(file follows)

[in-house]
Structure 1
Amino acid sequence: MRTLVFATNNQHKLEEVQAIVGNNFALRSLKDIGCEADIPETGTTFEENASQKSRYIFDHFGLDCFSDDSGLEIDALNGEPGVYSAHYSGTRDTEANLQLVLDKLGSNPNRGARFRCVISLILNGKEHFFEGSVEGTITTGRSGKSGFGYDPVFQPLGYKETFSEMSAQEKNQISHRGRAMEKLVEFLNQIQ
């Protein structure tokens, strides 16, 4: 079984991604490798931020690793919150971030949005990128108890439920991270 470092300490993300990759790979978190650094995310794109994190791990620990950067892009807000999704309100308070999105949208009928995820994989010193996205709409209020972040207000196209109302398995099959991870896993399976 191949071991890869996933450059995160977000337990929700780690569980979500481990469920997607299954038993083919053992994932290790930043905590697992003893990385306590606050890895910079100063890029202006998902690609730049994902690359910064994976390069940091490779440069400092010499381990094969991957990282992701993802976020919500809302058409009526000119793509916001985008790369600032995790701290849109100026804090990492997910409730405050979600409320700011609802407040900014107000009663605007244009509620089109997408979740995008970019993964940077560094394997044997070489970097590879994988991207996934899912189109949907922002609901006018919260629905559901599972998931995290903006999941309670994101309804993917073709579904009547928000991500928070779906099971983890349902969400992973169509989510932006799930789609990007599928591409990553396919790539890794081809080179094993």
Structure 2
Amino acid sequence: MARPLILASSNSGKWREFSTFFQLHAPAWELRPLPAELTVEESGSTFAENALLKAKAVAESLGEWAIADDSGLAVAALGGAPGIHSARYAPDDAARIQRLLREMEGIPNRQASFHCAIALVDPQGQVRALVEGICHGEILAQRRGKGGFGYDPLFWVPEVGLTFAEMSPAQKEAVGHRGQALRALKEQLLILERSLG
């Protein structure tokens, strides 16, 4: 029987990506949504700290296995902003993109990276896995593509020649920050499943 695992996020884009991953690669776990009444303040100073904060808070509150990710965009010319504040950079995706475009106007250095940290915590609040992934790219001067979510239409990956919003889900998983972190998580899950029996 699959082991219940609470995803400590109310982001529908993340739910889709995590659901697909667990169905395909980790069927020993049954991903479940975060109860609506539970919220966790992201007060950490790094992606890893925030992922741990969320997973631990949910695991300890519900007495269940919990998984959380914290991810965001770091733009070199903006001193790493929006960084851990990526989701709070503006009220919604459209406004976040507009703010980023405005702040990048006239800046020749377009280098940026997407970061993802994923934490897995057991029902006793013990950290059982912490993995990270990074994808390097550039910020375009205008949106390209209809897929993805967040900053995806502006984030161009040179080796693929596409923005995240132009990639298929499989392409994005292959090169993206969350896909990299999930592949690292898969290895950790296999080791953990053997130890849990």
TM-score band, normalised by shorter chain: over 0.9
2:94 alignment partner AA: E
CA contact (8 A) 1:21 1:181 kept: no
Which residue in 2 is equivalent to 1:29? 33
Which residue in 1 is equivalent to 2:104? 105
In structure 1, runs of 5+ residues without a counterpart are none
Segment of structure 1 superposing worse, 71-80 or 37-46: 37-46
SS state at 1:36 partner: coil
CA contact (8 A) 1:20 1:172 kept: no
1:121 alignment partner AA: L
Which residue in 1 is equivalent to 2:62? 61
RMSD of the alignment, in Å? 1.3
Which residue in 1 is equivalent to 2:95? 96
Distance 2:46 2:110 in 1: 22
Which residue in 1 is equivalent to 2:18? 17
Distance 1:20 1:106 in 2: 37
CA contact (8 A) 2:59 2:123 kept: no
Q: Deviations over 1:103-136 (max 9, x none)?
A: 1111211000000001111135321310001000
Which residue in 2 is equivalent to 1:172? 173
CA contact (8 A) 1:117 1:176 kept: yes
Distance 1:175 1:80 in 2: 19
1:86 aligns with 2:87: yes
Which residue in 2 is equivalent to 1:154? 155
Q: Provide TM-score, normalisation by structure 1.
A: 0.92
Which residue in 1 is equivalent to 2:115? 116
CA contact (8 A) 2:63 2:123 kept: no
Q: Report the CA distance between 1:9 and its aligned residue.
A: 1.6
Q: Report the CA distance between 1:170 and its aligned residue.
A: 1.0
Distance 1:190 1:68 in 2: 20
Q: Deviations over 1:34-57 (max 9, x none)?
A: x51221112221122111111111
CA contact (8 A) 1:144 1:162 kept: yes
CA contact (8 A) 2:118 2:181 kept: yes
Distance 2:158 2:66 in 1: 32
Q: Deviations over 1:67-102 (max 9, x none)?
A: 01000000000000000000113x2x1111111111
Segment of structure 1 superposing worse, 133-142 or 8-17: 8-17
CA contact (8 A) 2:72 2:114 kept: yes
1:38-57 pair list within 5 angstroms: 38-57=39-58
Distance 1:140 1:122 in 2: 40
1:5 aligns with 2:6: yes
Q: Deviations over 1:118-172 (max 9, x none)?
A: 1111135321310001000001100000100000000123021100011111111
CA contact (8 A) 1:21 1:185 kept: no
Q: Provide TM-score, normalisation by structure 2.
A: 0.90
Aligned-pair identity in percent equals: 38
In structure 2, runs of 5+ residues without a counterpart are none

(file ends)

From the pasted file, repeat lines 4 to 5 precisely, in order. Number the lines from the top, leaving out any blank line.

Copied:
């Protein structure tokens, strides 16, 4: 079984991604490798931020690793919150971030949005990128108890439920991270 470092300490993300990759790979978190650094995310794109994190791990620990950067892009807000999704309100308070999105949208009928995820994989010193996205709409209020972040207000196209109302398995099959991870896993399976 191949071991890869996933450059995160977000337990929700780690569980979500481990469920997607299954038993083919053992994932290790930043905590697992003893990385306590606050890895910079100063890029202006998902690609730049994902690359910064994976390069940091490779440069400092010499381990094969991957990282992701993802976020919500809302058409009526000119793509916001985008790369600032995790701290849109100026804090990492997910409730405050979600409320700011609802407040900014107000009663605007244009509620089109997408979740995008970019993964940077560094394997044997070489970097590879994988991207996934899912189109949907922002609901006018919260629905559901599972998931995290903006999941309670994101309804993917073709579904009547928000991500928070779906099971983890349902969400992973169509989510932006799930789609990007599928591409990553396919790539890794081809080179094993």
Structure 2